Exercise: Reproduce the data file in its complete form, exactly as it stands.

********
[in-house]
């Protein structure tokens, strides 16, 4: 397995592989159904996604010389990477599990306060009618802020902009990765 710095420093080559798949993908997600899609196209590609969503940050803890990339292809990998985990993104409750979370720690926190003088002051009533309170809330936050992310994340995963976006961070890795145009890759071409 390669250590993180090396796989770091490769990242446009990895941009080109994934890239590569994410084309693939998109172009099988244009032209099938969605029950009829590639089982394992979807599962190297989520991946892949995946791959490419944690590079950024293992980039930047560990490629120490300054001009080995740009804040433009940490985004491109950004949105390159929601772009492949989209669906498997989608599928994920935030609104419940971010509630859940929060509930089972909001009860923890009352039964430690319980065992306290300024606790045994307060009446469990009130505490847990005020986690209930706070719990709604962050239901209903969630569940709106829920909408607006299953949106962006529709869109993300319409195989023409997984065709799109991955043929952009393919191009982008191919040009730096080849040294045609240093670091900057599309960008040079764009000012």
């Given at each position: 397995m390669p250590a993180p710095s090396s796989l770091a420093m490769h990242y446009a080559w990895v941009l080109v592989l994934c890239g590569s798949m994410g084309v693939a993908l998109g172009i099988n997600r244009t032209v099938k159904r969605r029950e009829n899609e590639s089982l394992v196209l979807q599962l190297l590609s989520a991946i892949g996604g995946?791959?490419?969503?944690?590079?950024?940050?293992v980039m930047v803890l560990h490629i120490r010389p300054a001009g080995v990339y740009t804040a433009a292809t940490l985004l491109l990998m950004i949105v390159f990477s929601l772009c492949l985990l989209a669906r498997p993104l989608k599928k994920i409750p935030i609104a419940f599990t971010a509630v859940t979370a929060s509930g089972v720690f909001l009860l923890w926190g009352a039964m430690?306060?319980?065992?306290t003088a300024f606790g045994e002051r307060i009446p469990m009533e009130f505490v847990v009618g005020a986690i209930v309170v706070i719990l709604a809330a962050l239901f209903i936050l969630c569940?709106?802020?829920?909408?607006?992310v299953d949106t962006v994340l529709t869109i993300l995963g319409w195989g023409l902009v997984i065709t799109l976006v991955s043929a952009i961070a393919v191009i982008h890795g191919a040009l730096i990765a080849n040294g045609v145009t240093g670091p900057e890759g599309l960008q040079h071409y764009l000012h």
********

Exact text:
[in-house]
């Protein structure tokens, strides 16, 4: 397995592989159904996604010389990477599990306060009618802020902009990765 710095420093080559798949993908997600899609196209590609969503940050803890990339292809990998985990993104409750979370720690926190003088002051009533309170809330936050992310994340995963976006961070890795145009890759071409 390669250590993180090396796989770091490769990242446009990895941009080109994934890239590569994410084309693939998109172009099988244009032209099938969605029950009829590639089982394992979807599962190297989520991946892949995946791959490419944690590079950024293992980039930047560990490629120490300054001009080995740009804040433009940490985004491109950004949105390159929601772009492949989209669906498997989608599928994920935030609104419940971010509630859940929060509930089972909001009860923890009352039964430690319980065992306290300024606790045994307060009446469990009130505490847990005020986690209930706070719990709604962050239901209903969630569940709106829920909408607006299953949106962006529709869109993300319409195989023409997984065709799109991955043929952009393919191009982008191919040009730096080849040294045609240093670091900057599309960008040079764009000012």
């Given at each position: 397995m390669p250590a993180p710095s090396s796989l770091a420093m490769h990242y446009a080559w990895v941009l080109v592989l994934c890239g590569s798949m994410g084309v693939a993908l998109g172009i099988n997600r244009t032209v099938k159904r969605r029950e009829n899609e590639s089982l394992v196209l979807q599962l190297l590609s989520a991946i892949g996604g995946?791959?490419?969503?944690?590079?950024?940050?293992v980039m930047v803890l560990h490629i120490r010389p300054a001009g080995v990339y740009t804040a433009a292809t940490l985004l491109l990998m950004i949105v390159f990477s929601l772009c492949l985990l989209a669906r498997p993104l989608k599928k994920i409750p935030i609104a419940f599990t971010a509630v859940t979370a929060s509930g089972v720690f909001l009860l923890w926190g009352a039964m430690?306060?319980?065992?306290t003088a300024f606790g045994e002051r307060i009446p469990m009533e009130f505490v847990v009618g005020a986690i209930v309170v706070i719990l709604a809330a962050l239901f209903i936050l969630c569940?709106?802020?829920?909408?607006?992310v299953d949106t962006v994340l529709t869109i993300l995963g319409w195989g023409l902009v997984i065709t799109l976006v991955s043929a952009i961070a393919v191009i982008h890795g191919a040009l730096i990765a080849n040294g045609v145009t240093g670091p900057e890759g599309l960008q040079h071409y764009l000012h």